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#SIDeclaration Update: 6 things Europe's social innovation community need

In the past months, SIC has led an on- and offline campaign to understand some of the biggest policy barriers preventing Europe’s social innovation community from achieving an even bigger impact. To connect with the many diverse actors who make up Europe's social innovation community, we designed and delivered various activities - an interactive policy workshop, social media campaigns, online consultations and a series of online policy roundtables. The goal was simple: we wanted to understand the community's views about what’s needed for social innovation policy in Europe in future.

The timing of this matters. Planning and negotiations are already underway for Europe’s post-2020 strategy and the Multiannual Financial Framework (Europe’s long-term budget). A general climate of political uncertainty and fear has seen many of Europe’s political leaders call for strengthened border security and defences, all of which are likely to appear high on the list of post-2020 political priorities.

…But a different vision for where Europe is headed also needs to be heard.

Of the challenges we faced in the past years - from social exclusion, migrant integration and others -  some of the most creative and resourceful solutions were not initiated by powerful, well-resourced institutions or public authorities - but by compassionate and committed citizens, communities and civil society organisations working on the ground. If our goal is to effectively tackle the challenges that lie ahead together, then the important contribution of these actors needs to be recognised and vital support to build their capacity to act increased.

At the EC-hosted New Era for Social Innovation conference, we asked representatives of the community to share their future vision for Europe with us.

The vision they shared is one built on principles and values such as openness, inclusion, participation and democratization: a vision where European citizens and communities are empowered and supported to create meaningful societal impact. This vision is one that should be incorporated into Europe’s wider agenda.

Making a vision for a more social, impactful Europe a reality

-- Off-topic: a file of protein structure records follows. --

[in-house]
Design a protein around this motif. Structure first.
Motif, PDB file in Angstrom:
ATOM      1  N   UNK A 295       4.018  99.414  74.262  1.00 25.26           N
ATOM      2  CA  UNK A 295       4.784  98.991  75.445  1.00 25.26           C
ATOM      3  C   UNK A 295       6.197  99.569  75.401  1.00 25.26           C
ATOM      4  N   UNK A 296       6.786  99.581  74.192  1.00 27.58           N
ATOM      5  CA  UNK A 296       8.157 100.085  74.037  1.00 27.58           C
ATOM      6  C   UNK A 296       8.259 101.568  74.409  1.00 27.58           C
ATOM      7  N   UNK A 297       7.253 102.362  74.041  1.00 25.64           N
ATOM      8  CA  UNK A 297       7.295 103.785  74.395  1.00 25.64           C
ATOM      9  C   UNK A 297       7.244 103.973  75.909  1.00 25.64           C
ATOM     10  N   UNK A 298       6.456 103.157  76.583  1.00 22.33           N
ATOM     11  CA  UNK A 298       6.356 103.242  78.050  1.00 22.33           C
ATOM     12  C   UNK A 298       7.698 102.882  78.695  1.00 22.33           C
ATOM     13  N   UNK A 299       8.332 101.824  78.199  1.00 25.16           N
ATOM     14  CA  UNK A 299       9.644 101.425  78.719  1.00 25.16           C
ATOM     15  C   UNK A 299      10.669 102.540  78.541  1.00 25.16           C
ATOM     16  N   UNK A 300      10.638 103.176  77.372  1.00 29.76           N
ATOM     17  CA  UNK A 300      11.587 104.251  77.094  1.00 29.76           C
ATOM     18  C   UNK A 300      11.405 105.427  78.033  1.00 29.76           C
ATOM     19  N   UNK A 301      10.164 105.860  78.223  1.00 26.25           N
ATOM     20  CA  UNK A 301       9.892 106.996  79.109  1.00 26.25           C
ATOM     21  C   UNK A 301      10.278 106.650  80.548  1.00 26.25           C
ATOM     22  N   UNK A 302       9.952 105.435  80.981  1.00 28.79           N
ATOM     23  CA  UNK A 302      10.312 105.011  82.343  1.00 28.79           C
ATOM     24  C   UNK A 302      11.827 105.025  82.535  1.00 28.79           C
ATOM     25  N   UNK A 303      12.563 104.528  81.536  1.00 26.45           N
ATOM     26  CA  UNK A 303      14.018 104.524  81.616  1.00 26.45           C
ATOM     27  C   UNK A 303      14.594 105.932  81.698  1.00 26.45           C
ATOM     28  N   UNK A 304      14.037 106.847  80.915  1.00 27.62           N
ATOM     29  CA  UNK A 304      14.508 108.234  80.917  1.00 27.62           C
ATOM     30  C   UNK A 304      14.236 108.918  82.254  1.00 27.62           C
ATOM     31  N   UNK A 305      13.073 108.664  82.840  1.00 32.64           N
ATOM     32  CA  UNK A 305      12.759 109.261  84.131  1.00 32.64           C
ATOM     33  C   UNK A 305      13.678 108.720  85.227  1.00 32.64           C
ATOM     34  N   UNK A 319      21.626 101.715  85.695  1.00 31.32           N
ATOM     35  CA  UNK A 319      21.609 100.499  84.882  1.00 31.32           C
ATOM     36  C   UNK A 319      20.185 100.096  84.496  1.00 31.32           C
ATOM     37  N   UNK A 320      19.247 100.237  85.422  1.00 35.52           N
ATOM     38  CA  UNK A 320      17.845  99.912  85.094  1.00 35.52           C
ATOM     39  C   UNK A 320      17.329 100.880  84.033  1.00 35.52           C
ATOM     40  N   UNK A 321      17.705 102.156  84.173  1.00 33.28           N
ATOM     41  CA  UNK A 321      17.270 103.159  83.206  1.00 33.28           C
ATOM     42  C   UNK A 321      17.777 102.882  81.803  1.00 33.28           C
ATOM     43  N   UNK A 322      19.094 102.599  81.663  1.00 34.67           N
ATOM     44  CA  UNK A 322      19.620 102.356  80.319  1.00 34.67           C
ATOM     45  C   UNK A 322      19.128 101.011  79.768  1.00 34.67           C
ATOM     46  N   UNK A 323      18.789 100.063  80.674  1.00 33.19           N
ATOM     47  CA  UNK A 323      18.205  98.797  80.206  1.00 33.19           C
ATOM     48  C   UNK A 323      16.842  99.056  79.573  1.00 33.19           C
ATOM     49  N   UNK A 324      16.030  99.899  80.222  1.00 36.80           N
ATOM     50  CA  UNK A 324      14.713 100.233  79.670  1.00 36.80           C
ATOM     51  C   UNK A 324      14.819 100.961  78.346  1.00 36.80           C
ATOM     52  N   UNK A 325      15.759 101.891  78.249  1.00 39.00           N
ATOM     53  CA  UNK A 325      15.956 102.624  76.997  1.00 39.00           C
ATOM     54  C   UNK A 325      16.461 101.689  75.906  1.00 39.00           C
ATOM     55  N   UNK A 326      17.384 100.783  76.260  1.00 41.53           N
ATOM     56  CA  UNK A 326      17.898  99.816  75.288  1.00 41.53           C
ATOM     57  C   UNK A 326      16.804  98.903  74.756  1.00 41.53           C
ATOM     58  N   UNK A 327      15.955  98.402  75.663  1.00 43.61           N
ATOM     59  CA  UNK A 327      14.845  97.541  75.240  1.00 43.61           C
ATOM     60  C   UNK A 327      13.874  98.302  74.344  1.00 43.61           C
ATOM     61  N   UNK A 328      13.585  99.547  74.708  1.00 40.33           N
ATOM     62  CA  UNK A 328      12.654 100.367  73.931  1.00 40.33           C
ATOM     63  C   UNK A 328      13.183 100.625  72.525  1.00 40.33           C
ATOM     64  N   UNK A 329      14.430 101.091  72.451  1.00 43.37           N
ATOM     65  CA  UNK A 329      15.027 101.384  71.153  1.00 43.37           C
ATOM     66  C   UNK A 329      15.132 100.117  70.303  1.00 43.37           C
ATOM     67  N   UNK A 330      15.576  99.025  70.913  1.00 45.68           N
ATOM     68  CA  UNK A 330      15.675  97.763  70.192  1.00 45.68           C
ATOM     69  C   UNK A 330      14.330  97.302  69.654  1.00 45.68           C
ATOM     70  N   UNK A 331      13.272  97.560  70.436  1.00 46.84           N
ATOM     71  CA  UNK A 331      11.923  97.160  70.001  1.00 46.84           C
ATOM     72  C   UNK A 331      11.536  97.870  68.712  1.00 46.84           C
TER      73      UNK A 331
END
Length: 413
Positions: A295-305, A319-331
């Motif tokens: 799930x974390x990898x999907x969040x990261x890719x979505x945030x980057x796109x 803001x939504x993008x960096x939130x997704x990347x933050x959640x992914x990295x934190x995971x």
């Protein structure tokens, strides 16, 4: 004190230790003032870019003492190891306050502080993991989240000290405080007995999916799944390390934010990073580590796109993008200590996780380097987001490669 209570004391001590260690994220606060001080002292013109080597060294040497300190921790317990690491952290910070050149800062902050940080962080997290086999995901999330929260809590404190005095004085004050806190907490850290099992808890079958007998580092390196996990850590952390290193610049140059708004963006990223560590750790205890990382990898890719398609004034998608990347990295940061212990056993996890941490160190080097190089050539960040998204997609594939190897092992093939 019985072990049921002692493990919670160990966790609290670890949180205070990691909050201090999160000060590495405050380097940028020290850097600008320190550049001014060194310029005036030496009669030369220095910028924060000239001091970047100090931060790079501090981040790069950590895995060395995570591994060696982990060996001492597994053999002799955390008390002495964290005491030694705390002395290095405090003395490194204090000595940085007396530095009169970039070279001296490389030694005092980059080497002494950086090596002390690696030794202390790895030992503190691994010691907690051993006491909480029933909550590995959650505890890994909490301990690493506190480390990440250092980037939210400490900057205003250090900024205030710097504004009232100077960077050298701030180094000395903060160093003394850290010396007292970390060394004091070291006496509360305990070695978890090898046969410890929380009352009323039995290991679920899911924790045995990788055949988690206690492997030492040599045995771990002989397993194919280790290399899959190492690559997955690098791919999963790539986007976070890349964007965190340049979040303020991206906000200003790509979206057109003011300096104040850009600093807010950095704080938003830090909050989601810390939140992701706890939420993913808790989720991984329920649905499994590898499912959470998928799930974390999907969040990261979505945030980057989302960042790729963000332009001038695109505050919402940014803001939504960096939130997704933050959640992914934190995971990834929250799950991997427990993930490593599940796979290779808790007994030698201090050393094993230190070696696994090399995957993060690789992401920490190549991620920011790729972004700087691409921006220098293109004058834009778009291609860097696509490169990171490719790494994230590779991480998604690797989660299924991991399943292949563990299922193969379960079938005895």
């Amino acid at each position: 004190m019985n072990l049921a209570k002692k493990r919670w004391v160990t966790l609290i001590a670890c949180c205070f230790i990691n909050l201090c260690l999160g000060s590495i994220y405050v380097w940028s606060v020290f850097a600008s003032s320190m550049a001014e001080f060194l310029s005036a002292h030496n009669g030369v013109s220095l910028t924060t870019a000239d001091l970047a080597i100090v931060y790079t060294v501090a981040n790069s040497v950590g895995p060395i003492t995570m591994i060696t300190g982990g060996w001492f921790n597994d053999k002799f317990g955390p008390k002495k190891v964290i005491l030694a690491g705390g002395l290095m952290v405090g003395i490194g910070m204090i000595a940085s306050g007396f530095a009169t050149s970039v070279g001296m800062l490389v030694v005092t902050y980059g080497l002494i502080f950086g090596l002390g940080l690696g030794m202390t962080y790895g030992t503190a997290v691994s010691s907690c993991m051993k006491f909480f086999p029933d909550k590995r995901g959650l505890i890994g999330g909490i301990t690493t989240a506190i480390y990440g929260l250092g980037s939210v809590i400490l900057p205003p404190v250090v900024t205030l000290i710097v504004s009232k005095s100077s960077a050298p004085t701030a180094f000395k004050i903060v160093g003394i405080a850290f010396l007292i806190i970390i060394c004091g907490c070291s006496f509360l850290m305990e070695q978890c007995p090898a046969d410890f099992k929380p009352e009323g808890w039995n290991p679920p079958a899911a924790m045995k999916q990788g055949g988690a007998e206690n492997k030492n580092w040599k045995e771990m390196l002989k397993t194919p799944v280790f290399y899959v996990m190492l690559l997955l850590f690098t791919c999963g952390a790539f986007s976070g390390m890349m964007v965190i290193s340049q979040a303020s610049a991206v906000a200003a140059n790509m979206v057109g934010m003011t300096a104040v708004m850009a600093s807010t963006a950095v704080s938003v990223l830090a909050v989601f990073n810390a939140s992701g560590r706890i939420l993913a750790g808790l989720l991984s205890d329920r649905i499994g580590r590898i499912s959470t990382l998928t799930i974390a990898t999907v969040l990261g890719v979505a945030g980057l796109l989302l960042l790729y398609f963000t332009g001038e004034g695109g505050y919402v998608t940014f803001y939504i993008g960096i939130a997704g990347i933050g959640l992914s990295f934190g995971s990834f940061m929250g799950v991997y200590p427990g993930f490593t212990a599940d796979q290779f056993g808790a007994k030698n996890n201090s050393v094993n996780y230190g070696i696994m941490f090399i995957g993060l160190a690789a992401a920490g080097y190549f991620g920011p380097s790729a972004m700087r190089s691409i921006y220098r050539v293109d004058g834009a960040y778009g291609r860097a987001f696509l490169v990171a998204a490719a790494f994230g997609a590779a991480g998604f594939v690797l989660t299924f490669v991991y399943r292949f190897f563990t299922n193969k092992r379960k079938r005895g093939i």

We asked social innovators from all over Europe how policymakers could help make this a future vision a reality. Almost 350 social innovation actors - each representing a diversity of sectoral, organisational and regional perspectives from over 15 EU member countries got involved in our on- and offline engagement activities. Of this number, 200 plus respondents (representing umbrella organisations, social innovation networks and projects, community activists, social entrepreneurs, innovators, civil servants and others) responded to our consultation to share their stories and views of how EU policy could better support them to achieve greater social impact.

Based on our analysis of their feedback, we have identified six key needs shared by the community:

1. Improving funding for innovation.

“There’s a lack of sustainable and longer-term funding streams so that groups, communities and smaller organisations can experiment with various social innovation tools and approaches that have a wide impact and scalability.” (#SIDeclaration consultation respondent, 2018)

Funding is one of the top barriers holding social innovators back. Enabling social innovation to seriously scale will require EU funding instruments and regulations be simplified and adapted for social innovation actors (in particular, for smaller social organisations). Issues around risk-aversion, gold-plating and an intolerance of failure amongst managing authorities and others are preventing funding from being used to pursue socially innovative initiatives.  Equally, there’s a need for EU funding instruments to be made more purposeful, pursuing desired social outcomes or tackling ambitious ‘grand societal challenges’ over longer time periods. Many called for greater investment support to be made available at all key stages of the social innovation lifecycle. For example, by developing specialised funds and programmes that support prototyping, experimentation, or which address the post-pilot support gap - by specifically aiming at institutionalising, scaling or replicating proven innovations in or between regions.

2. Citizens, communities and civil society need to be supported and empowered to play a greater role in contributing to policy and political processes

“We need investment: in skills, infrastructure and evidence, including investing into SI activists' livelihood...” (#SIDeclaration consultation respondent, 2018)